In high school, I was fooling around with a guy after a party and wanted to stop. He didn’t listen to me and kept doing his thing. I asked again and he didn’t listen. The third time I had to ask I was pissed, I yelled and pushed him off me. He called me a “crazy cunt.”
This wasn’t someone I didn’t know, either. This was an ex-boyfriend of mine and we’d continued to be friends with benefits. This was someone I’d cared for and trusted. And, this was the first time I’d ever had to tell him to stop doing something. It was also the first time he’d ever talked to me that way.
What I learned that day was there is a first time for everything. I thought I knew him and I never thought I’d be in that situation with him. After that night he continued to call me things like “bitch” and “whore” when he saw me in public even though I stopped all communication with him.
While that situation is very minor compared to a lot of horrible situations girls and women find themselves in, I’ve always remembered it.
I knew his family, they seemed like good people and he had a stable home life. I think what he didn’t have was someone telling him how you treat women, even when they tell you ‘no’ or you don’t feel like you are in control.
With so much news surrounding the Gabby Petito case, we are all seeing a lot of information out there for women about how to recognize the red flags of abuse, how to educate girls to see if they are in toxic relationship, how to get out of a relationship, and seek help if you feel like you are in trouble.
I support all of this one thousand percent. It is needed, it will always be needed, and I will never stop fighting for our girls and talking to my own daughter about this.
But, there’s a huge piece missing from this puzzle: Not only do we need to teach our daughters to recognize and navigate toxic relationships, we need to raise our sons not to be abusers. We need to talk to them about how not to act when they get told “no” or when they are angry. We need to have these discussions with them all the damn time, and not leave it up to women and girls to figure out because we missed the boat with our own sons.
I have two boys. One of them is eighteen and he has a serious girlfriend. I have told him (since he was about eleven) the right and wrong way to treat someone. He has known since before his first kiss that you ask for permission, that being told “no” means no, not maybe. That if a girl is drunk, or passed out, this is not a free pass for him, it’s an automatic “no” — even if she said yes previously.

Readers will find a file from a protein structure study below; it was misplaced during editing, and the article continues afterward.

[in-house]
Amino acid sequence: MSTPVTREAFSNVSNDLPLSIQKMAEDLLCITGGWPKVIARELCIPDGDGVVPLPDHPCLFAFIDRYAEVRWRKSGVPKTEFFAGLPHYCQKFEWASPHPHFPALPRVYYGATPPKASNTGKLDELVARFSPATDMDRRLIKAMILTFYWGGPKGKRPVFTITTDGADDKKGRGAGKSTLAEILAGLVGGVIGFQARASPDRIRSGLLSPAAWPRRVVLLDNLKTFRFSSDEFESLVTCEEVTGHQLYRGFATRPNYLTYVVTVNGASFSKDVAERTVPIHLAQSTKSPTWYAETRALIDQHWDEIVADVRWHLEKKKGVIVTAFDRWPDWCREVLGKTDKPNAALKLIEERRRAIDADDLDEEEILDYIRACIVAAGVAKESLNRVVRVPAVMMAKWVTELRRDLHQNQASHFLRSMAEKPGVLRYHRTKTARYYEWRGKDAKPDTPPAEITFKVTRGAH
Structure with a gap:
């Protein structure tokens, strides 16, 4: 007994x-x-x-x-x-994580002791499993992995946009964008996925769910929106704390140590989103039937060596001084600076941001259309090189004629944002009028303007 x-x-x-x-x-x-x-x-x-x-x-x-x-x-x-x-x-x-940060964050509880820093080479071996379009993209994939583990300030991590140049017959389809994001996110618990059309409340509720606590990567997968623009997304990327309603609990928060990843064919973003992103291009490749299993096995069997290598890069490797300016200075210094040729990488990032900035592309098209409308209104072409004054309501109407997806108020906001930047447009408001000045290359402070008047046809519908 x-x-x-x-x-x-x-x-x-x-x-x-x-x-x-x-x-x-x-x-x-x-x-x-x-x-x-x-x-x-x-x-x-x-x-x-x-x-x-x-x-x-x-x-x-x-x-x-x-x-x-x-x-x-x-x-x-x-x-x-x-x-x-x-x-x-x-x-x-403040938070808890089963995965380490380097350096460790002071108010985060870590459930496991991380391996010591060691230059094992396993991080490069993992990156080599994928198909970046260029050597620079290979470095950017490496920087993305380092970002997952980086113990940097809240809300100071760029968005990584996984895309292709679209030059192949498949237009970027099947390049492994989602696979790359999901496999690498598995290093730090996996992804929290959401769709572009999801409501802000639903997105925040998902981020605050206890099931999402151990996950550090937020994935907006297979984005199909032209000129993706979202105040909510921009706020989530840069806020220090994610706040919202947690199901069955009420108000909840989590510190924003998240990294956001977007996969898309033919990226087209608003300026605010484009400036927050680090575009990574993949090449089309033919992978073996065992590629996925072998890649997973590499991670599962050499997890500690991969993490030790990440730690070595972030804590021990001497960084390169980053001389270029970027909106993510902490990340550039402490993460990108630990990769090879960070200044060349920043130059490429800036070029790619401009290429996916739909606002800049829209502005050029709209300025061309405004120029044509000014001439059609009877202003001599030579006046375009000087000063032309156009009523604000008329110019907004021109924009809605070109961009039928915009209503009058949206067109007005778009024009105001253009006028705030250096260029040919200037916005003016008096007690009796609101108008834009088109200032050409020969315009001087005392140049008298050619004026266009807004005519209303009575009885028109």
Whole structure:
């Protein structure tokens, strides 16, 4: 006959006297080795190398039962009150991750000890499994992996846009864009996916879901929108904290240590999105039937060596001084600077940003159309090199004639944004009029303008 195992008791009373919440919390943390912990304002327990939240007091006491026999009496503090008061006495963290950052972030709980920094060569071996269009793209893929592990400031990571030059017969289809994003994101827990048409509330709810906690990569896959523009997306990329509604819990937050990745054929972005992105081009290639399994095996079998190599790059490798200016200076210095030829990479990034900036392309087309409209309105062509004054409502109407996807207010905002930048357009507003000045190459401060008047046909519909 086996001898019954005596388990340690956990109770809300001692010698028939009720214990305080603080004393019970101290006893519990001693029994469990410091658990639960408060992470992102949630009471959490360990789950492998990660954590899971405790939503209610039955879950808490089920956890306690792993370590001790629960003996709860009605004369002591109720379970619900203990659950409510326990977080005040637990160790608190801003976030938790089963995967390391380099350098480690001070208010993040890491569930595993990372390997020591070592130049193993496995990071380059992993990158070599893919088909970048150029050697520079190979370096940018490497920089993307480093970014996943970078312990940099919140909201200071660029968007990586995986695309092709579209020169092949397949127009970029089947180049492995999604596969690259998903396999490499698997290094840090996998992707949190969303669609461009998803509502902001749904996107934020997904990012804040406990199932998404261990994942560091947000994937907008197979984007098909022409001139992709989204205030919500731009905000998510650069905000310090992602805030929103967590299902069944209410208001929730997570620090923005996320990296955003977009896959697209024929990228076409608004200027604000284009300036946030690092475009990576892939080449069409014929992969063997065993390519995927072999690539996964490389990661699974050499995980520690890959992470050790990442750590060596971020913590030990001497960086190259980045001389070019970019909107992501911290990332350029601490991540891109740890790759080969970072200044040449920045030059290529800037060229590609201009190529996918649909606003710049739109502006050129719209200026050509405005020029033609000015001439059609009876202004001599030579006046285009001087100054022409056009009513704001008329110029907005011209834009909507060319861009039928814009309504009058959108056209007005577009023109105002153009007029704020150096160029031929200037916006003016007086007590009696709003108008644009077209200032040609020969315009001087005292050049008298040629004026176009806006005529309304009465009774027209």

I have talked to him about expressing his feelings so he doesn’t bottle them up and take out his repressed emotions on anyone. I have told him (time and time again) you never, ever put your hands on anyone. That manipulating a woman to do what he wants is never all right. I tell him that I am proud of the way he treats his girlfriend even though he hates to talk about his relationship. I have gone as far as asking his girlfriend how he treats her and she knows I have her back.
I’ve told him about the importance of therapy and getting help if he feels like he can’t control his anger.
I have read him the statistics on abuse, he knows that over half of females who have been raped were assaulted by someone they knew. I’ve told him if he does something like this, I cannot save him. He will be on his own.
He knows that, according to the U.S. Department of Justice, “95% of assaults on spouses or ex-spouses are committed by men against women. Nearly one-third of the women who seek care from hospital emergency rooms are there for injuries resulting from domestic violence.”
We have a big job to do here for our future generations. And yes, that does include warning and educating our daughters. But for fuck’s sake, stop leaving it up to girls and women to correct horrible behavior.
Stop leaving it up to our girls to do all the legwork and hope they make it through their relationships without being verbally or physically abused. We need to stop teaching them it is only up to them to make it out of a situation alive if they see the red flags.
Once again, we are putting it all on the female’s shoulders to take care of and we need to bridge the gap between parents and their sons.
Maybe you think your son isn’t capable of such things so you never talk to them about it. Maybe you think they have a perfect example sitting right in front of them on how to treat a partner. But no one, no one, is above being aware of the statistics and learning how not to treat a woman.
It infuriates me as a mother to a daughter, and as a mother to two sons, that there isn’t more dialogue on how not to raise someone who becomes emotionally or physically abusive.
Come on parents of sons — educating our girls on how to dodge relationships like this should only be half the work. The other work is between you and your sons, and it’s your freaking job to do it.